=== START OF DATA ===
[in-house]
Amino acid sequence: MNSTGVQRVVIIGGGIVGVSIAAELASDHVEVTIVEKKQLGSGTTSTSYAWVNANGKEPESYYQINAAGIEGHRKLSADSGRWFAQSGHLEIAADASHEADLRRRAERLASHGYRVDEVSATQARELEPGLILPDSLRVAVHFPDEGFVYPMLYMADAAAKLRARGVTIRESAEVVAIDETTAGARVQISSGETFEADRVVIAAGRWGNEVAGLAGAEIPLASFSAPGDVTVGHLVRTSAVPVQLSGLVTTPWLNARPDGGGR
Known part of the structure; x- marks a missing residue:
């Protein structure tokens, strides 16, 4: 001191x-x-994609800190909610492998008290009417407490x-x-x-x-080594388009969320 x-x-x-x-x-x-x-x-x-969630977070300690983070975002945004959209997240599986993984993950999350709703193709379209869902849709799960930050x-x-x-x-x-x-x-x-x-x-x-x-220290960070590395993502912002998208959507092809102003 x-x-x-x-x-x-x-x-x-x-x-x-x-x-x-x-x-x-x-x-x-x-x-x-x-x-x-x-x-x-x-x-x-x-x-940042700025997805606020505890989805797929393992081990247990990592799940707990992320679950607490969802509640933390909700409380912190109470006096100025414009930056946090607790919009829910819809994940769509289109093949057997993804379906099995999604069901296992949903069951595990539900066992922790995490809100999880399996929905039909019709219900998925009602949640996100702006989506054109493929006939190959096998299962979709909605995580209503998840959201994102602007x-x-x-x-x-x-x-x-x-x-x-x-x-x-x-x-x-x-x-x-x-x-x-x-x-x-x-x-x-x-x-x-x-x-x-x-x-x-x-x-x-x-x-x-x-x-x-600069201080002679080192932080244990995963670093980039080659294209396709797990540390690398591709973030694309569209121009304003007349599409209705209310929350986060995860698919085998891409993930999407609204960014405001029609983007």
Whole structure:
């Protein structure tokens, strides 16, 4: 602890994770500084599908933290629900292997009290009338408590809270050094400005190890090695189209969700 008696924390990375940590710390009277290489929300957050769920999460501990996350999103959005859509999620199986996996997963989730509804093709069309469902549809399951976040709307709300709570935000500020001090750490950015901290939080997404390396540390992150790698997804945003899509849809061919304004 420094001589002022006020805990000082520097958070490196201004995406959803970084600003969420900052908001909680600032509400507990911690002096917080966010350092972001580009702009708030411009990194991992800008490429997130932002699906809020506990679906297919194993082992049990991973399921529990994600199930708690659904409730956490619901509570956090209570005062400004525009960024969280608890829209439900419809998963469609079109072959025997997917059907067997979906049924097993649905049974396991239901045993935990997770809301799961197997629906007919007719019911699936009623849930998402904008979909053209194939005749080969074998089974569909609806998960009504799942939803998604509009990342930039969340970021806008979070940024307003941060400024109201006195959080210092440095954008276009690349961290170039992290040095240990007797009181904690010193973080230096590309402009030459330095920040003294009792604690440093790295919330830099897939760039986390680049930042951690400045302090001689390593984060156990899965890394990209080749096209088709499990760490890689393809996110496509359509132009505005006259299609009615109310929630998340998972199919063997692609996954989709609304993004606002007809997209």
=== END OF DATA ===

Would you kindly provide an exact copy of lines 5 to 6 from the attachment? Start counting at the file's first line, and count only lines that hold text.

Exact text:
Whole structure:
């Protein structure tokens, strides 16, 4: 602890994770500084599908933290629900292997009290009338408590809270050094400005190890090695189209969700 008696924390990375940590710390009277290489929300957050769920999460501990996350999103959005859509999620199986996996997963989730509804093709069309469902549809399951976040709307709300709570935000500020001090750490950015901290939080997404390396540390992150790698997804945003899509849809061919304004 420094001589002022006020805990000082520097958070490196201004995406959803970084600003969420900052908001909680600032509400507990911690002096917080966010350092972001580009702009708030411009990194991992800008490429997130932002699906809020506990679906297919194993082992049990991973399921529990994600199930708690659904409730956490619901509570956090209570005062400004525009960024969280608890829209439900419809998963469609079109072959025997997917059907067997979906049924097993649905049974396991239901045993935990997770809301799961197997629906007919007719019911699936009623849930998402904008979909053209194939005749080969074998089974569909609806998960009504799942939803998604509009990342930039969340970021806008979070940024307003941060400024109201006195959080210092440095954008276009690349961290170039992290040095240990007797009181904690010193973080230096590309402009030459330095920040003294009792604690440093790295919330830099897939760039986390680049930042951690400045302090001689390593984060156990899965890394990209080749096209088709499990760490890689393809996110496509359509132009505005006259299609009615109310929630998340998972199919063997692609996954989709609304993004606002007809997209």